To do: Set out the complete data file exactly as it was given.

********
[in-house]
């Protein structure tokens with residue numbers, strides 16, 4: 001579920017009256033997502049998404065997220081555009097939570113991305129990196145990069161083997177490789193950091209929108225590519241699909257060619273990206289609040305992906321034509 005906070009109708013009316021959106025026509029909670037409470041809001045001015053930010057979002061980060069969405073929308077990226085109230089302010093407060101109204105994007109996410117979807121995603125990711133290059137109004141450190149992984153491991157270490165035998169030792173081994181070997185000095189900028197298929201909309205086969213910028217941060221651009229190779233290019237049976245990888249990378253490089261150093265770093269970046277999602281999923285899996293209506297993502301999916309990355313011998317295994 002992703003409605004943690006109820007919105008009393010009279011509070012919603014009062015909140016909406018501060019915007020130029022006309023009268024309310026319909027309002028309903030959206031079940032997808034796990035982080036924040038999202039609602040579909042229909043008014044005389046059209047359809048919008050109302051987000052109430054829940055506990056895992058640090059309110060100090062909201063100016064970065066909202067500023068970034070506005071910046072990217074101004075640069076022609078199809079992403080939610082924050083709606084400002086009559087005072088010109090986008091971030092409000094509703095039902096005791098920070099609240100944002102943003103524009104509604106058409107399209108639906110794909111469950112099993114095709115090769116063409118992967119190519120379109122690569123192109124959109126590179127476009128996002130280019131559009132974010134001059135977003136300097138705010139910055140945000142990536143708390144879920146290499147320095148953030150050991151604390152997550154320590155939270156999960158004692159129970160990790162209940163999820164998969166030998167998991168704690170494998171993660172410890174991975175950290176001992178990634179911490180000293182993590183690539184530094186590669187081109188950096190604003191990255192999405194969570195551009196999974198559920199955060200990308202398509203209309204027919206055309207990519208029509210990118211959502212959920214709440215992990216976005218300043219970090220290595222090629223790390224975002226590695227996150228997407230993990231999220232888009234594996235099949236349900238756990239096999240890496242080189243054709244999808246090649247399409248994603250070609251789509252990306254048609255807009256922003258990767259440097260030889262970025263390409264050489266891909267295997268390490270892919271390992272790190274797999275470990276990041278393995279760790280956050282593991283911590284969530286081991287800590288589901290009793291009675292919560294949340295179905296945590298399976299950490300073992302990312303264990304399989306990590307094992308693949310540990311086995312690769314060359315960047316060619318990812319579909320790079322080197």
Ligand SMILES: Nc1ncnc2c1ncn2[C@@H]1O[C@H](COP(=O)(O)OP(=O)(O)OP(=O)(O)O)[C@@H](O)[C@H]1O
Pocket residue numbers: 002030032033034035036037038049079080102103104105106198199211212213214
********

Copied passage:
[in-house]
């Protein structure tokens with residue numbers, strides 16, 4: 001579920017009256033997502049998404065997220081555009097939570113991305129990196145990069161083997177490789193950091209929108225590519241699909257060619273990206289609040305992906321034509 005906070009109708013009316021959106025026509029909670037409470041809001045001015053930010057979002061980060069969405073929308077990226085109230089302010093407060101109204105994007109996410117979807121995603125990711133290059137109004141450190149992984153491991157270490165035998169030792173081994181070997185000095189900028197298929201909309205086969213910028217941060221651009229190779233290019237049976245990888249990378253490089261150093265770093269970046277999602281999923285899996293209506297993502301999916309990355313011998317295994 002992703003409605004943690006109820007919105008009393010009279011509070012919603014009062015909140016909406018501060019915007020130029022006309023009268024309310026319909027309002028309903030959206031079940032997808034796990035982080036924040038999202039609602040579909042229909043008014044005389046059209047359809048919008050109302051987000052109430054829940055506990056895992058640090059309110060100090062909201063100016064970065066909202067500023068970034070506005071910046072990217074101004075640069076022609078199809079992403080939610082924050083709606084400002086009559087005072088010109090986008091971030092409000094509703095039902096005791098920070099609240100944002102943003103524009104509604106058409107399209108639906110794909111469950112099993114095709115090769116063409118992967119190519120379109122690569123192109124959109126590179127476009128996002130280019131559009132974010134001059135977003136300097138705010139910055140945000142990536143708390144879920146290499147320095148953030150050991151604390152997550154320590155939270156999960158004692159129970160990790162209940163999820164998969166030998167998991168704690170494998171993660172410890174991975175950290176001992178990634179911490180000293182993590183690539184530094186590669187081109188950096190604003191990255192999405194969570195551009196999974198559920199955060200990308202398509203209309204027919206055309207990519208029509210990118211959502212959920214709440215992990216976005218300043219970090220290595222090629223790390224975002226590695227996150228997407230993990231999220232888009234594996235099949236349900238756990239096999240890496242080189243054709244999808246090649247399409248994603250070609251789509252990306254048609255807009256922003258990767259440097260030889262970025263390409264050489266891909267295997268390490270892919271390992272790190274797999275470990276990041278393995279760790280956050282593991283911590284969530286081991287800590288589901290009793291009675292919560294949340295179905296945590298399976299950490300073992302990312303264990304399989306990590307094992308693949310540990311086995312690769314060359315960047316060619318990812319579909320790079322080197």
Ligand SMILES: Nc1ncnc2c1ncn2[C@@H]1O[C@H](COP(=O)(O)OP(=O)(O)OP(=O)(O)O)[C@@H](O)[C@H]1O
Pocket residue numbers: 002030032033034035036037038049079080102103104105106198199211212213214